Durr proposes ban on abortions after 12 weeks
While the bill has virtually no chance at becoming law given the Democratic majorities in the Senate and Assembly, the measure reflects a rightward shift in Republican politics.
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Sen. Ed Durr speaks with members of the media during a news conference in Turnersville, N.J. | Matt Rourke/AP Photo
A week after Democratic Gov. Phil Murphy signed into law a measure writing abortion rights into state law, a freshman Republican senator who’s a rising star on the right is seeking to ban abortions in New Jersey after the first trimester.
Sen. Ed Durr (R-Gloucester), who famously upset former Senate President Steve Sweeney in the November election, introduced legislation last week that would repeal the new abortion rights law, bar most abortions after 12 weeks and impose potential prison sentences on providers who violate the law.
While the bill, NJ S1107 (22R), has virtually no chance at becoming law given the Democratic majorities in the Senate and Assembly and the state Supreme Court’s historic protection of abortion rights in New Jersey, the measure reflects a rightward shift in Republican politics, barring abortions eight weeks earlier than a different bill, NJ S649 (22R), sponsored for years by other conservative state senators. Durr has also signed on to that bill as a sponsor.
The details: Durr’s bill would require physicians — who would be the only people allowed to perform abortions — to “make a determination of the probable post-fertilization age of the unborn child” before conducting the procedure, or get the “reasonable” opinion of another physician.
The only exceptions to the ban would be if the woman’s health is in danger because of the pregnancy or if the pregnancy is the result of rape or, in the case of a minor, incest, but only if the rape or incest has been reported to a law enforcement agency or the state Division of Child Protection and Permanency.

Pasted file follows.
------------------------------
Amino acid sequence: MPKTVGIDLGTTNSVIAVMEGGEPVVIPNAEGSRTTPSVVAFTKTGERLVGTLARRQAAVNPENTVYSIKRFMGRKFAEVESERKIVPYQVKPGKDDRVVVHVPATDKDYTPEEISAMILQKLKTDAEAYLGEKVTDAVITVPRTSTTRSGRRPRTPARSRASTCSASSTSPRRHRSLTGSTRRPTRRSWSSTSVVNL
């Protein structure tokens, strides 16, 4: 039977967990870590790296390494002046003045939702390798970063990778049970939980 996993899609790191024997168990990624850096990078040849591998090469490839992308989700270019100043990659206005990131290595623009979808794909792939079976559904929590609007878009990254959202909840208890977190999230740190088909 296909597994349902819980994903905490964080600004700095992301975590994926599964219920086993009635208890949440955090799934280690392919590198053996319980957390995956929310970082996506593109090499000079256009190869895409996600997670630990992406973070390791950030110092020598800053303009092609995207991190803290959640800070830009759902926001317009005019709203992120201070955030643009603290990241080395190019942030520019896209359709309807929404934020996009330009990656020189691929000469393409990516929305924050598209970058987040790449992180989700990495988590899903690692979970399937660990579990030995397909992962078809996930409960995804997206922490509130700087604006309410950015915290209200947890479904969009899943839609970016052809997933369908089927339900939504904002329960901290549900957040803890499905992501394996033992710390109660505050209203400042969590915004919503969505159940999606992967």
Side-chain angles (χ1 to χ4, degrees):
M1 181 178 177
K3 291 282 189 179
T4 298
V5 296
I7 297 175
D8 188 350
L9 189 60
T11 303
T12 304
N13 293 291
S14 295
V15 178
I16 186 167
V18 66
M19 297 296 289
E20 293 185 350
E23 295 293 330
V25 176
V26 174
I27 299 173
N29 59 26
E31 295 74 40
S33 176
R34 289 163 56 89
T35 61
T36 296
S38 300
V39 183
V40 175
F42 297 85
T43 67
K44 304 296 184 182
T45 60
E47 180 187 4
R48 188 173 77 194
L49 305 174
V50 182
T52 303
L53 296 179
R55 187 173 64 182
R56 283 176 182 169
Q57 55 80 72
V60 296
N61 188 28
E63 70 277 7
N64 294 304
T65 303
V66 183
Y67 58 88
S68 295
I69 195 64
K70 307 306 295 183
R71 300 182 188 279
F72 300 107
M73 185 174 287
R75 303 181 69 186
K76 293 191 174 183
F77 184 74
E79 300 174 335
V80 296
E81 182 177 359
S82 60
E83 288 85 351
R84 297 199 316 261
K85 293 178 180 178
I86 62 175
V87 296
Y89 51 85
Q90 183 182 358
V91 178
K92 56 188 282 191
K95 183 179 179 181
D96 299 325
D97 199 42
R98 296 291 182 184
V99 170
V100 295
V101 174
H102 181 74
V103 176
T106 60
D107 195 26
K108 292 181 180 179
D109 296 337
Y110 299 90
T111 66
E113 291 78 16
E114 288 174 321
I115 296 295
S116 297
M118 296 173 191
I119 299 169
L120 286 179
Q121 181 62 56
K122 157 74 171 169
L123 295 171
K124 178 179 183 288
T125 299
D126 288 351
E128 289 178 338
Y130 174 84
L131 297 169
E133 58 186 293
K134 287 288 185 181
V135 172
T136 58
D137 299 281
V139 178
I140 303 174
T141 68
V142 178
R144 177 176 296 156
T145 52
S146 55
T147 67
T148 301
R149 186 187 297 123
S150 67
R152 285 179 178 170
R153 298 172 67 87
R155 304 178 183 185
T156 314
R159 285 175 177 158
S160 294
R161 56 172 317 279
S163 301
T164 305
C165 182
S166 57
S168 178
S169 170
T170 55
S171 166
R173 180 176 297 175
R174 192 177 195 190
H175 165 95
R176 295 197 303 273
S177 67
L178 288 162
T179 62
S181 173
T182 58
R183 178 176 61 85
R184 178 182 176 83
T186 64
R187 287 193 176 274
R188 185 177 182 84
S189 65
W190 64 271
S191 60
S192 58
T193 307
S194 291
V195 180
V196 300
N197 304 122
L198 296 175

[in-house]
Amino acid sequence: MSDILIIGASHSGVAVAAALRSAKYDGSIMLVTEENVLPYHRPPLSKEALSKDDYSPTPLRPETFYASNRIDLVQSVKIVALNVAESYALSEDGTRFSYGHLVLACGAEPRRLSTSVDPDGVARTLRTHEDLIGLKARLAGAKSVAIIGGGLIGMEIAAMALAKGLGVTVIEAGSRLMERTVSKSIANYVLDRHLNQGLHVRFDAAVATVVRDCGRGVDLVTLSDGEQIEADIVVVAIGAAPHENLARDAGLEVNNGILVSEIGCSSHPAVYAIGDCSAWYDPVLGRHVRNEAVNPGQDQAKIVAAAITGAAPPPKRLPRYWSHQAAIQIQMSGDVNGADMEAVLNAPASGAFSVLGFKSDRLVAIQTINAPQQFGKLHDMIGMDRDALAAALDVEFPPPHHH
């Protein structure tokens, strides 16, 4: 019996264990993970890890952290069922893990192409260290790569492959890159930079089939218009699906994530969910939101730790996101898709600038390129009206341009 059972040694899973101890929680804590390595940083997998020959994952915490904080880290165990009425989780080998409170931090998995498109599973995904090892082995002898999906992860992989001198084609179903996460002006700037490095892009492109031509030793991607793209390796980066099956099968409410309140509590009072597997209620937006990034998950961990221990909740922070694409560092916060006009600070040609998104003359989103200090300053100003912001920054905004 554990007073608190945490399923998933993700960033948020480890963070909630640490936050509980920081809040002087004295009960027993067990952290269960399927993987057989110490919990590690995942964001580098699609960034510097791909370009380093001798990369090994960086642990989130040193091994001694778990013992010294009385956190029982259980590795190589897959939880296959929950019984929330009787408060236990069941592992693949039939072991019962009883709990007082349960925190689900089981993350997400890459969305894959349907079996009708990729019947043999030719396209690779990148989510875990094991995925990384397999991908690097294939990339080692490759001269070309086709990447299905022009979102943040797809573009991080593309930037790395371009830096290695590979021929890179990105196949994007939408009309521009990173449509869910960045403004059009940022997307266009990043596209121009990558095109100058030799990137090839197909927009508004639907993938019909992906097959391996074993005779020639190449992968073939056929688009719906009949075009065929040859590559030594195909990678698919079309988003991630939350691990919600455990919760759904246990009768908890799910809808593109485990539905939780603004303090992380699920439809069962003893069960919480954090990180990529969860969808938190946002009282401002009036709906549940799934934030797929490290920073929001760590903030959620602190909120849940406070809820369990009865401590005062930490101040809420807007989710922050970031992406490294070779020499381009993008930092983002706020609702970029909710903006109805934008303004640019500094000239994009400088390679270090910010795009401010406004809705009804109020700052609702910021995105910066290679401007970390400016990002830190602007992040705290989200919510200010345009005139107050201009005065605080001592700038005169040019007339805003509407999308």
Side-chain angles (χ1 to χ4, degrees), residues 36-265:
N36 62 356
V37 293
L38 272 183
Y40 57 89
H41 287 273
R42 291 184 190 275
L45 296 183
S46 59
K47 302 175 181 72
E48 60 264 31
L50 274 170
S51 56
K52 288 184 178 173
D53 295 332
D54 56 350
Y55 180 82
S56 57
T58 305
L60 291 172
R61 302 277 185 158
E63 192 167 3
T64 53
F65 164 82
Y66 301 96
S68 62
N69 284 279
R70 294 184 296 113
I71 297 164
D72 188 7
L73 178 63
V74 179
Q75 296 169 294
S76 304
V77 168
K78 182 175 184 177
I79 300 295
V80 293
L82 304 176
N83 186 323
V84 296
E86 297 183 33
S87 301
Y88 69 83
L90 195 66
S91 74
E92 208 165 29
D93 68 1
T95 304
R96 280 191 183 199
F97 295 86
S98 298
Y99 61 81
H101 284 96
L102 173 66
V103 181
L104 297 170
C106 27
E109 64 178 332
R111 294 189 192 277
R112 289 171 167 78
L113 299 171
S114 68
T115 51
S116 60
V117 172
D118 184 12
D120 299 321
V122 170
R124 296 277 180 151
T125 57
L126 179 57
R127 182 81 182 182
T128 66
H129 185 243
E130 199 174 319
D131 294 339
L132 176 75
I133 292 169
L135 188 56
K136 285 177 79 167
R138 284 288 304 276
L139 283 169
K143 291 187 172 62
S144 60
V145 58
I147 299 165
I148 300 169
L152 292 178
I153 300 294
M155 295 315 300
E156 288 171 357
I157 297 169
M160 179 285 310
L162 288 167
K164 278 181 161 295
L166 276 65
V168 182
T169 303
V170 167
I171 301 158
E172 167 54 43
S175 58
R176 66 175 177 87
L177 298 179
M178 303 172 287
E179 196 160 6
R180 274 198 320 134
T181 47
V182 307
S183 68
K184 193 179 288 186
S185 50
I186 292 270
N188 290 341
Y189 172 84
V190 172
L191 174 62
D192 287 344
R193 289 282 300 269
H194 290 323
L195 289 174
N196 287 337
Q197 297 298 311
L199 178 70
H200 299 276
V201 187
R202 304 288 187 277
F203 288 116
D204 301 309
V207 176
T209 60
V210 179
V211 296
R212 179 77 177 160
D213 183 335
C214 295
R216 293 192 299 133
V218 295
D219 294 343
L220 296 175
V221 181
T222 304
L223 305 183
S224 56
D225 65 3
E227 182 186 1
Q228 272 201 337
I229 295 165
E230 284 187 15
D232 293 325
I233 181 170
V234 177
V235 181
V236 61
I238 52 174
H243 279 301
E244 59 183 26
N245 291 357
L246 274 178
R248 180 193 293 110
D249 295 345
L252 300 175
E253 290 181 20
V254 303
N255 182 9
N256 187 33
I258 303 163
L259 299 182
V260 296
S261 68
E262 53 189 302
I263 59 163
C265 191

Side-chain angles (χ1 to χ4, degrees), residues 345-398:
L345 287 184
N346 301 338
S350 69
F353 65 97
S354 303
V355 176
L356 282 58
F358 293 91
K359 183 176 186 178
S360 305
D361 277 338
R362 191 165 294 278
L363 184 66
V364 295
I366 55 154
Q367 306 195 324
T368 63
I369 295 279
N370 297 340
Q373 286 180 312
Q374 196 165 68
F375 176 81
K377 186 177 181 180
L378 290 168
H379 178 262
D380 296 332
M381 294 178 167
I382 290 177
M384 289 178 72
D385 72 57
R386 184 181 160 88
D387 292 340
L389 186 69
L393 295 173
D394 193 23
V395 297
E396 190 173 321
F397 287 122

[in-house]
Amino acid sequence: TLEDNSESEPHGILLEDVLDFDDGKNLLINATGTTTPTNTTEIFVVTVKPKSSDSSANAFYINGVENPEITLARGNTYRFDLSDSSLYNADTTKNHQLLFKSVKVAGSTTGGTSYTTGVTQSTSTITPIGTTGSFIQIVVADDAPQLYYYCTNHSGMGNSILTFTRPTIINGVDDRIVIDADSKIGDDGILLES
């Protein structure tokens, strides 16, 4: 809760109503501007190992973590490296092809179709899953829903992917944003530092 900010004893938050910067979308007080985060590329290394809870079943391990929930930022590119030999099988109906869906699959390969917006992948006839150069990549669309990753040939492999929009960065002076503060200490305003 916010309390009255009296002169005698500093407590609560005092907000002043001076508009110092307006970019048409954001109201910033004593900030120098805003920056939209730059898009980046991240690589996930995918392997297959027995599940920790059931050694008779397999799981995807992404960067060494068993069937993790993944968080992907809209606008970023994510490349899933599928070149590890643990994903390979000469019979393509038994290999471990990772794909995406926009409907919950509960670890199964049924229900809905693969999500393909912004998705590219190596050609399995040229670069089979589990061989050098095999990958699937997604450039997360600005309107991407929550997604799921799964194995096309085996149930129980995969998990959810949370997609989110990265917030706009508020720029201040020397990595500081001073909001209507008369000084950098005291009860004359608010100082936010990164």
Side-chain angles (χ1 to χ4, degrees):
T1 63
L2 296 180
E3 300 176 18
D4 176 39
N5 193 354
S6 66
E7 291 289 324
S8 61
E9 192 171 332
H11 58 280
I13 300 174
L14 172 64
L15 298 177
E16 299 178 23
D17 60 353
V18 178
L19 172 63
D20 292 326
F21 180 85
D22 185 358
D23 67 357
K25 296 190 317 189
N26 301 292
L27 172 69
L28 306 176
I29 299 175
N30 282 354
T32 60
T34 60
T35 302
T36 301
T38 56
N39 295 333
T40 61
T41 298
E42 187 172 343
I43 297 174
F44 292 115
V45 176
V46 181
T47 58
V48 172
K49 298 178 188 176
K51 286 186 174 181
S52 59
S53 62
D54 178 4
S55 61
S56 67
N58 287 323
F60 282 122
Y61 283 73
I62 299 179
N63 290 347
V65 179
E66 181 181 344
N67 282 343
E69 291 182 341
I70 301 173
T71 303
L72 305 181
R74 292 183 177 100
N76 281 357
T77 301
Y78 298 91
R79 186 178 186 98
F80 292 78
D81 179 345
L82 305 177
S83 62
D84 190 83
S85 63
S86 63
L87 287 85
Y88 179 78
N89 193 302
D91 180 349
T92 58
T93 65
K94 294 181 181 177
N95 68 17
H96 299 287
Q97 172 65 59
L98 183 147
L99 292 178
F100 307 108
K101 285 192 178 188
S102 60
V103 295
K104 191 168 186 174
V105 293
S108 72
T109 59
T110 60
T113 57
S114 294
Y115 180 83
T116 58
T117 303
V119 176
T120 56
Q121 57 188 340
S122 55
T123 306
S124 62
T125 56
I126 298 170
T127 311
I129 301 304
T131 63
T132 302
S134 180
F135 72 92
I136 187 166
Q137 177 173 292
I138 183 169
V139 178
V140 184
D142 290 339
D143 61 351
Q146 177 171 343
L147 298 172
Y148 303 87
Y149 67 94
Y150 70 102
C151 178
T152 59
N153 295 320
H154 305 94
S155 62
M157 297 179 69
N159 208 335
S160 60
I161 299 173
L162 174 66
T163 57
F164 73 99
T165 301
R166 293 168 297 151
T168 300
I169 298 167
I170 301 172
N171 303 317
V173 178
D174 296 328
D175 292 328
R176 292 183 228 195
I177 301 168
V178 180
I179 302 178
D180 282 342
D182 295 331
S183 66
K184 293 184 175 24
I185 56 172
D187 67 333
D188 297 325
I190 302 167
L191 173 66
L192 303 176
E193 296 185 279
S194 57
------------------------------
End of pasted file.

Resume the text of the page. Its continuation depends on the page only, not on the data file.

If allowed to go forward, the abortion provider would be required to conduct the procedure in “a manner which … provides the best opportunity for the unborn child to survive” unless it would “pose a greater risk to the pregnant woman’s death or greater risk of substantial and irreversible physical impairment of a major bodily function.” Durr said in a follow-up text that he decided on 12 weeks because, he said, cardiac activity can be detected as early as six weeks and fetal viability is roughly 24 weeks, “so I figured double the heartbeat bit and cut the viability in half.”
The punishment: The woman who underwent an abortion would not be punished under the proposal, but violators would face a third-degree charge punishable by three to five years in prison and a fine of up to $15,000.
Political context: Durr’s unexpected ousting of Sweeney, one of the state’s most powerful lawmakers, made into a star on the right, in part because of his blue collar background as a truck driver and because he spent little money on the campaign.
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His bill does not go as far as a Texas measure that bans abortions at six weeks, but is more restrictive than a Mississippi law’s 15-week ban.
“I just know that 12 weeks is the first trimester and I think a trimester is more than enough time to decide an abortion,” Durr said. “If you cannot decide after three months, then why should it go past that?”